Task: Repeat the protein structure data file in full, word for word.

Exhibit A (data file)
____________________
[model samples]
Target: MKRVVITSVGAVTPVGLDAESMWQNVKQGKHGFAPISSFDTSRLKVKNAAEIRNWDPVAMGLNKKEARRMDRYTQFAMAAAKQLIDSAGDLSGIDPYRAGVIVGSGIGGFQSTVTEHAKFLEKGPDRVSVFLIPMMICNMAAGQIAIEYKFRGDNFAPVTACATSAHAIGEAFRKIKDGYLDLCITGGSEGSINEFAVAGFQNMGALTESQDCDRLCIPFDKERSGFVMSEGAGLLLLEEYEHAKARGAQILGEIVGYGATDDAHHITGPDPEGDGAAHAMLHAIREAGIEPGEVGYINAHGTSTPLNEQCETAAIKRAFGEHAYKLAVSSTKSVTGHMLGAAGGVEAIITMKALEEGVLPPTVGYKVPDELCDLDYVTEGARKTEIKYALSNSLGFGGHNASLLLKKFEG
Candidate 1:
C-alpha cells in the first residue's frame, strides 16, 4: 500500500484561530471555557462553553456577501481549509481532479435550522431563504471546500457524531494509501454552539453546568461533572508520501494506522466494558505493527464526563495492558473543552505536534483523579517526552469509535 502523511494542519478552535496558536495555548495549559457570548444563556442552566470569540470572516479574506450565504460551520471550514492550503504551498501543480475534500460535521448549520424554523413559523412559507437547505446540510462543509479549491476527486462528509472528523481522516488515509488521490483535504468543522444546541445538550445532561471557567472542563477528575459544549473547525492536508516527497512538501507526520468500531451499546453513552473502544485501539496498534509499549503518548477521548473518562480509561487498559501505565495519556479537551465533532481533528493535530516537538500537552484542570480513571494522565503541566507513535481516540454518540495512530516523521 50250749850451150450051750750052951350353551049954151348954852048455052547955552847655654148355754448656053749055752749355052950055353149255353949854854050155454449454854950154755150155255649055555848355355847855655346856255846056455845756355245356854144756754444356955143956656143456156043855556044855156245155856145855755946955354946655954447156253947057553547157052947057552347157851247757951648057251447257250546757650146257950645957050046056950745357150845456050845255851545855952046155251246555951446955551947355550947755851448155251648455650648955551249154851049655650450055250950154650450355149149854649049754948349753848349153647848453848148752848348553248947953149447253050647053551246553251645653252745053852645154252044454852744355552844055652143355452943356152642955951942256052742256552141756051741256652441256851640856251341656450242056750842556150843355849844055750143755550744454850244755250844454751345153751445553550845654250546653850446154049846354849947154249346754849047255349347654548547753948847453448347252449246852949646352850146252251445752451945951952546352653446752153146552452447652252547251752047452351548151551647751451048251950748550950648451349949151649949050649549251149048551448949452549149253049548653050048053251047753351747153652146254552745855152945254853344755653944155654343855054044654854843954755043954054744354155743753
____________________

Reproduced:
[model samples]
Target: MKRVVITSVGAVTPVGLDAESMWQNVKQGKHGFAPISSFDTSRLKVKNAAEIRNWDPVAMGLNKKEARRMDRYTQFAMAAAKQLIDSAGDLSGIDPYRAGVIVGSGIGGFQSTVTEHAKFLEKGPDRVSVFLIPMMICNMAAGQIAIEYKFRGDNFAPVTACATSAHAIGEAFRKIKDGYLDLCITGGSEGSINEFAVAGFQNMGALTESQDCDRLCIPFDKERSGFVMSEGAGLLLLEEYEHAKARGAQILGEIVGYGATDDAHHITGPDPEGDGAAHAMLHAIREAGIEPGEVGYINAHGTSTPLNEQCETAAIKRAFGEHAYKLAVSSTKSVTGHMLGAAGGVEAIITMKALEEGVLPPTVGYKVPDELCDLDYVTEGARKTEIKYALSNSLGFGGHNASLLLKKFEG
Candidate 1:
C-alpha cells in the first residue's frame, strides 16, 4: 500500500484561530471555557462553553456577501481549509481532479435550522431563504471546500457524531494509501454552539453546568461533572508520501494506522466494558505493527464526563495492558473543552505536534483523579517526552469509535 502523511494542519478552535496558536495555548495549559457570548444563556442552566470569540470572516479574506450565504460551520471550514492550503504551498501543480475534500460535521448549520424554523413559523412559507437547505446540510462543509479549491476527486462528509472528523481522516488515509488521490483535504468543522444546541445538550445532561471557567472542563477528575459544549473547525492536508516527497512538501507526520468500531451499546453513552473502544485501539496498534509499549503518548477521548473518562480509561487498559501505565495519556479537551465533532481533528493535530516537538500537552484542570480513571494522565503541566507513535481516540454518540495512530516523521 50250749850451150450051750750052951350353551049954151348954852048455052547955552847655654148355754448656053749055752749355052950055353149255353949854854050155454449454854950154755150155255649055555848355355847855655346856255846056455845756355245356854144756754444356955143956656143456156043855556044855156245155856145855755946955354946655954447156253947057553547157052947057552347157851247757951648057251447257250546757650146257950645957050046056950745357150845456050845255851545855952046155251246555951446955551947355550947755851448155251648455650648955551249154851049655650450055250950154650450355149149854649049754948349753848349153647848453848148752848348553248947953149447253050647053551246553251645653252745053852645154252044454852744355552844055652143355452943356152642955951942256052742256552141756051741256652441256851640856251341656450242056750842556150843355849844055750143755550744454850244755250844454751345153751445553550845654250546653850446154049846354849947154249346754849047255349347654548547753948847453448347252449246852949646352850146252251445752451945951952546352653446752153146552452447652252547251752047452351548151551647751451048251950748550950648451349949151649949050649549251149048551448949452549149253049548653050048053251047753351747153652146254552745855152945254853344755653944155654343855054044654854843954755043954054744354155743753